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I stripped the high fidelity wireframes provided to be able to work on increasing the functionality without any distractions from the patterns detected through research.


The most important things tackled were the registration and onboarding processes. 

  • I condensed the onboarding process from 10 screens to 3

  • I added guided pop-ups on screens for an explanation of what the purpose of that feature was so users would be able to fully understand what Spark offers

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We performed the second usability test on the mid-fidelity prototype which included the redesign of the registration process and onboarding pop-ups.


From this testing we saw:

  • 80% of users have general safety concerns about using the app, especially with interacting with other users.

  • 40% of users have concerns about rejecting a spark on the threat of negative interactions as they are at the event in person. They also found the design not intuitive because they thought they could reject a spark from the pop-up.

  • 40% of users have concerns about the style/persistence of pop-up messages. They felt it was interruptive to the app and didn’t necessarily want to act on it right away.

  • 40% of users have concerns about the app being entirely chatless. They had way-finding concerns in case a meet-up didn’t work out and wanted the ability to connect easily.

  • 40% of users have concerns about determining where to meet based on pre-set options. They felt it limited them in deciding a meet-up location.

  • 20% of users want a way to see their mutual spark history, especially if they go to big events in the future and want the ability to meet up again with a Spark user they enjoyed connecting with, or sparked with but never ended up meeting.


There were a few designs we iterated upon that were extremely important to users’ understanding of Spark and making the overall flow easier to navigate.

1. To address the general safety concerns about using the app, we added a rating system for users to rate their interactions (e.g. Uber model) with other users displayed on their profile.

2. For the concerns about rejecting a spark, we added additional copy on the reject confirmation that users will NOT be notified of rejection. We also made it possible to dismiss a spark rather than needing to address it right away (timed banners that are moved to notifications menu).

3. For the concerns about the style and persistence of pop-up messages

  • we changed the notification style to banners that auto-dismiss after a delay and then are moved to the notifications menu

  • a global navigation bar was added to every screen (besides registration) to give users a persistent and intuitive “way out”

4. To address the concerns about the app being entirely chatless, we designed "quick chat" options or prompts/update buttons for the sake of troubleshooting. For example, to be used when two users are having difficulty finding each other or something changes where they can no longer meet up.

5. For the concerns about determining where to meet based on pre-set options, we drew more visibility to “other” text box where users can input a custom location and we made it the default option.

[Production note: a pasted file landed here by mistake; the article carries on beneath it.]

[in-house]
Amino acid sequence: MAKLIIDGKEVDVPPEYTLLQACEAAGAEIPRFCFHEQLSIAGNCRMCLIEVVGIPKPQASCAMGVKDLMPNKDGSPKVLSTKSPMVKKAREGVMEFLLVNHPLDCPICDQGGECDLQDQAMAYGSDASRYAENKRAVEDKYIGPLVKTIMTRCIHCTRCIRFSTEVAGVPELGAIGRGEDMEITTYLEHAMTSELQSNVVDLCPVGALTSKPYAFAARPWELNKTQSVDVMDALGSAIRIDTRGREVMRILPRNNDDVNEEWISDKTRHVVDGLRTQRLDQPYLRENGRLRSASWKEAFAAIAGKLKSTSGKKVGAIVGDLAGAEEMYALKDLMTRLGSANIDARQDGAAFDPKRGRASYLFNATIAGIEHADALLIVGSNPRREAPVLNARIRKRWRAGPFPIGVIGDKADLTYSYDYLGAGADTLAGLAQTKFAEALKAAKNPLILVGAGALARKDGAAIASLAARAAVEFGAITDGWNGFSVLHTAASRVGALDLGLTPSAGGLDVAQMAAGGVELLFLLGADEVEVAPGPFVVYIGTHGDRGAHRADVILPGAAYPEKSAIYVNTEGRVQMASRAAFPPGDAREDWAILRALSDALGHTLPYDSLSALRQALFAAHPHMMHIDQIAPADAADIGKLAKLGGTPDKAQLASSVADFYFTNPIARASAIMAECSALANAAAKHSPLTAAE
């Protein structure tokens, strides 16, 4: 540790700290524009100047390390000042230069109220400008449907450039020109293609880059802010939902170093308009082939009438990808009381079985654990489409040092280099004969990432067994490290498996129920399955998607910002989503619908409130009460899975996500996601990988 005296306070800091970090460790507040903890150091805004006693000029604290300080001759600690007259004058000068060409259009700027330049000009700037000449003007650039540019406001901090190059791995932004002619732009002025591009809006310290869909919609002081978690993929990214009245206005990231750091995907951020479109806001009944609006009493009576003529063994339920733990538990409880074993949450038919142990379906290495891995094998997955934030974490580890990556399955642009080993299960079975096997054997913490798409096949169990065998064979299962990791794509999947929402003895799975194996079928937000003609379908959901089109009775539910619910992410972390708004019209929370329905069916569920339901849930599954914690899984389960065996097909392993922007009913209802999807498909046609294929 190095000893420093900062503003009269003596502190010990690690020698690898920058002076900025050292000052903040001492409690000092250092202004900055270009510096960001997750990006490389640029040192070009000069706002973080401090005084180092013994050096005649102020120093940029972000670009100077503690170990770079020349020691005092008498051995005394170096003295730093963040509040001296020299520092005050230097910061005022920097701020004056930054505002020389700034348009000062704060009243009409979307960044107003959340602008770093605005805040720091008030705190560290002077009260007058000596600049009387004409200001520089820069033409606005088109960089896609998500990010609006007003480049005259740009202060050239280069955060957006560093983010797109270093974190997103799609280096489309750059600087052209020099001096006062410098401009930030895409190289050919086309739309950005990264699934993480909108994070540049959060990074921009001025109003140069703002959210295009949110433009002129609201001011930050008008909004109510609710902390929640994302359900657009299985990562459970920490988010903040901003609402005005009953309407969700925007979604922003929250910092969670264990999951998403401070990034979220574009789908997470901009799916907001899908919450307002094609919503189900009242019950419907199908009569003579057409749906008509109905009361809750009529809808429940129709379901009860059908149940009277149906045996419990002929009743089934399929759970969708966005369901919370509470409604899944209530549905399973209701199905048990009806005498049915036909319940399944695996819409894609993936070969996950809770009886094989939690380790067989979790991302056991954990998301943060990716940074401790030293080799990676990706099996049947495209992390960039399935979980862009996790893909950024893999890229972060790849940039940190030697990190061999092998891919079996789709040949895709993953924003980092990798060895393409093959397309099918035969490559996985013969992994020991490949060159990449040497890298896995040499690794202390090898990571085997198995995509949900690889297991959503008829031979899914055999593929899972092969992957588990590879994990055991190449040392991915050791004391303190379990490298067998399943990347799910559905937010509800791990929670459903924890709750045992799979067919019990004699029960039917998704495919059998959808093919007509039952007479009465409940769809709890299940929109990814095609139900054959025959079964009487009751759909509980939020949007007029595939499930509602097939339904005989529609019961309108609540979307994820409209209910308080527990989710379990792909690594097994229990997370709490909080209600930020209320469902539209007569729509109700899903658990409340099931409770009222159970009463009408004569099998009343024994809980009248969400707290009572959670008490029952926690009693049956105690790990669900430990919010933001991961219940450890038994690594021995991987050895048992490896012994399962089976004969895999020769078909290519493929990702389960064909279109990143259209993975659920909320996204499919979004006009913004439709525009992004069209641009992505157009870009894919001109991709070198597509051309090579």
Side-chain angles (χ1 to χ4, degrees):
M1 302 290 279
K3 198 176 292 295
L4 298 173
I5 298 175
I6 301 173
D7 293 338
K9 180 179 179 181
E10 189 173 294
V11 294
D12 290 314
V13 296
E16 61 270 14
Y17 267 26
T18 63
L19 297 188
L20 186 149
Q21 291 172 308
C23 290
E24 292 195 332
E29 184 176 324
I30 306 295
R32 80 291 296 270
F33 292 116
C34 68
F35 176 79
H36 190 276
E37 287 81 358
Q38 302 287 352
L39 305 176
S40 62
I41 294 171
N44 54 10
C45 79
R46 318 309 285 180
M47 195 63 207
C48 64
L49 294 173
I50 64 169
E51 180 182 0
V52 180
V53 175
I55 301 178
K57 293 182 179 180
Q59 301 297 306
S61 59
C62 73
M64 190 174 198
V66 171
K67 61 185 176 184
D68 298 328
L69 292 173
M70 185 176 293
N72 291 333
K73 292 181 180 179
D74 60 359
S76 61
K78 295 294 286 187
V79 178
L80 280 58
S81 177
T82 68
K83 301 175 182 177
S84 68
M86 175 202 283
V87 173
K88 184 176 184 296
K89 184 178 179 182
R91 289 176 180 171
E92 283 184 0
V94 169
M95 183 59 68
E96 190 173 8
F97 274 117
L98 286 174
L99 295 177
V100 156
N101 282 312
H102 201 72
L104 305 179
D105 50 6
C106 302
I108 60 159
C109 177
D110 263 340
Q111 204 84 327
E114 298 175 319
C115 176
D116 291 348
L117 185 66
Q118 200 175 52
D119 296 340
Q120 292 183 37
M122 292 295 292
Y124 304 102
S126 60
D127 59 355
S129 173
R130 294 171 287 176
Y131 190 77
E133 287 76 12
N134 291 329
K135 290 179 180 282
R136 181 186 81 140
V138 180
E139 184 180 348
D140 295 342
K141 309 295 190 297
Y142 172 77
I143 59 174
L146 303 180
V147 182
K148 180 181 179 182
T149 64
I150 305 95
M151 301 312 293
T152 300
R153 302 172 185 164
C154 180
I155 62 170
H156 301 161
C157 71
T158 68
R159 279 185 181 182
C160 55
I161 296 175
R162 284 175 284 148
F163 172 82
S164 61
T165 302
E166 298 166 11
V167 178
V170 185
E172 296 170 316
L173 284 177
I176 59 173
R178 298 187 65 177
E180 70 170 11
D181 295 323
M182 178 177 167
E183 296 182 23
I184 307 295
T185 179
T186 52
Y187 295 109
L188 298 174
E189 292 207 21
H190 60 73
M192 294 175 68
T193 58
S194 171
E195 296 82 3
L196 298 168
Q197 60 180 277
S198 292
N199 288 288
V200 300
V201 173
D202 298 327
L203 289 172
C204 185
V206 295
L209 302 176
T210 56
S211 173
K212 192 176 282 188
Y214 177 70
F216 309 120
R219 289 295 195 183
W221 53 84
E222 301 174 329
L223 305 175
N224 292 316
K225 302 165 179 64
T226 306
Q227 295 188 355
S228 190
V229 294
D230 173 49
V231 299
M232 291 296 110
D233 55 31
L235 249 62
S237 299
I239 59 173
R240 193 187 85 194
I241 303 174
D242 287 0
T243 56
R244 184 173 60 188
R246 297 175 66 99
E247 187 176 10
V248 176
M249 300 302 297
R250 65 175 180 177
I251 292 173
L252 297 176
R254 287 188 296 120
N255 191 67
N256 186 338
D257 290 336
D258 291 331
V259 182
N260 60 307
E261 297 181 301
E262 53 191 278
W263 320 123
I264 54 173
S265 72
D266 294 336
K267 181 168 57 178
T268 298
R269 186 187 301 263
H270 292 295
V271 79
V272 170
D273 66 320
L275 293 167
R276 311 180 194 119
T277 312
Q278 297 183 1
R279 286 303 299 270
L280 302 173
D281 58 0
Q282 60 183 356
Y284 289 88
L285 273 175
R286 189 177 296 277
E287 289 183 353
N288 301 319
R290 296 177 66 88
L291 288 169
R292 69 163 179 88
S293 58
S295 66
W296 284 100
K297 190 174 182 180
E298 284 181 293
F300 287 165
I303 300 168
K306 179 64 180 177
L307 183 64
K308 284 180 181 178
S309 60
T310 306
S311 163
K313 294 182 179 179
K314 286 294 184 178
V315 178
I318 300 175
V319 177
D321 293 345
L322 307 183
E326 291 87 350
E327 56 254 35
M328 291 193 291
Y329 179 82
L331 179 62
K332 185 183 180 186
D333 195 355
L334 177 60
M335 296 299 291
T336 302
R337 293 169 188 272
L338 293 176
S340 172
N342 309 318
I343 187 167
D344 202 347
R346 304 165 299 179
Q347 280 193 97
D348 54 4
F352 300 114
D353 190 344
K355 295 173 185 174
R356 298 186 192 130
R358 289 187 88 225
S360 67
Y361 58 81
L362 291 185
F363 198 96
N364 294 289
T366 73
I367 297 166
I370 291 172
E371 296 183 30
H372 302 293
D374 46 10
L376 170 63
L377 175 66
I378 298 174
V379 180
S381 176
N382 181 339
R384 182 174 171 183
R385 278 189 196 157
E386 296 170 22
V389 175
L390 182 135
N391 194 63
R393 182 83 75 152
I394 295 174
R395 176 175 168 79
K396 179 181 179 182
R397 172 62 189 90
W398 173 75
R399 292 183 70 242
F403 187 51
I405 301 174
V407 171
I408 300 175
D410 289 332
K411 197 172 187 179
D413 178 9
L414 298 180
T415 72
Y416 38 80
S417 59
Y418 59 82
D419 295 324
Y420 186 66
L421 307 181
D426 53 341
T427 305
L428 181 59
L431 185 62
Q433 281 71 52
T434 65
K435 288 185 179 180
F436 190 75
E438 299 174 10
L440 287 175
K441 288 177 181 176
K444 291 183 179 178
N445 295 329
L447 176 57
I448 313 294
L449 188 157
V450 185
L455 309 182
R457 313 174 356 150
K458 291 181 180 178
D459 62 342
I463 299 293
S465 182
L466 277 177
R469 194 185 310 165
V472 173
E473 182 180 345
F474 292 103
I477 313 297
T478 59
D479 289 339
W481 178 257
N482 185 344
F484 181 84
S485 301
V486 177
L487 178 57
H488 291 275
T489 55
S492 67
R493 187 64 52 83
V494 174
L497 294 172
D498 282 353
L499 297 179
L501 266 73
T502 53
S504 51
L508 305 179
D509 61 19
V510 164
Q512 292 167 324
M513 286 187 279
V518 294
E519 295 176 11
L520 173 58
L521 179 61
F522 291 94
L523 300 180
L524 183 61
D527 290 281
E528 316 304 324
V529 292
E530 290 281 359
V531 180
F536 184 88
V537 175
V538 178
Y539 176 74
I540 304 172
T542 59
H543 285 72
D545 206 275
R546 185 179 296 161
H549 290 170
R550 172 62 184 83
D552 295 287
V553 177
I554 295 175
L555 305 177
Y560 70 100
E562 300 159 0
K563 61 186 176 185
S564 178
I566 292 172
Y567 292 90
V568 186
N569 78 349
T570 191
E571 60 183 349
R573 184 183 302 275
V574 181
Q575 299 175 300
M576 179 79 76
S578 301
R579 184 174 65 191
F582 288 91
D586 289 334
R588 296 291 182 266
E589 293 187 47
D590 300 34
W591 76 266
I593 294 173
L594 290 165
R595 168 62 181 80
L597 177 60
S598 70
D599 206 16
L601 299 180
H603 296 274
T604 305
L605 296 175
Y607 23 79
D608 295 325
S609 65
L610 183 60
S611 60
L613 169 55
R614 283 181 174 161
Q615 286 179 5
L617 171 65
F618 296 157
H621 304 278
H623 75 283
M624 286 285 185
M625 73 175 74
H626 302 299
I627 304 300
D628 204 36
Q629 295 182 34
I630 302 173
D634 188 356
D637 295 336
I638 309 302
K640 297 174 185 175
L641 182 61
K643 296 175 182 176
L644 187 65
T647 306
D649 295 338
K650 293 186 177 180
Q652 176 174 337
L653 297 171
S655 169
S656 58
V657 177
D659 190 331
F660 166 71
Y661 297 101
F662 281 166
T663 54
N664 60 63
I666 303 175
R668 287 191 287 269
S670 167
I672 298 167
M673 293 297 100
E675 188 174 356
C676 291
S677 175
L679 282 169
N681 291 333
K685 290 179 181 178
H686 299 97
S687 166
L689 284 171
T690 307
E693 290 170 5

6. To address the concerns about being able to view mutual spark history, we created a separate notifications tab to allow users to see their spark history.


After implementing iterations to the registration and onboarding processes, the average SUS score across users increased from 83 to 90.5!


It was evident to us that our iterations were successful and our changes improved the app. User concerns and mindsets shifted after iterations.

  • Initially, 100% of users were concerned about registration and felt that it was too long or unclear why certain pieces of information were necessary. After iterations, 0% of users were concerned. This addressed business concerns of solving user bounce rates with a long registration process. 

  • Initially, 80% of users were concerned about Spark being chatless, but after iterating and clarifying the purpose and how positive it could be, only 40% were concerned about being entirely chatless in case of troubleshooting or miscommunication when finding a place to meet up, which we solved with quick-chat options.

Users affirmed that the chatless feature was positive. They said things like:

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For safety, users said they don’t think the app introduces any added risk. They mentioned:

  • “I don’t know that I have concerns that the app itself would create more safety concerns.”

  • and “I feel fine using the app because I’m there in real life already.”

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The recurring theme in our next steps revolve around safety issues that 80% of our users had concern with after our second round of usability testing. This leaves a opportunity areas and some of the recommendations include:

  1. Consider providing more information to users about what happens when they report another user, such as how reports get reviewed and at what level action will be taken.

  2. Design an identity verification process (e.g. government ID upload, face scanning/verification, or cross-verification with other social media apps – in addition to phone number verification).

  3. Integrate safety tips or other safety options besides reporting in case of extreme security issues or situations where users feel unsafe.

  4. Consider redesigning the matching process so users only receive notifications when there is a mutual spark. This could help alleviate concerns about tension arising from dismissing or rejecting a spark from a person who is in the same physical location as you.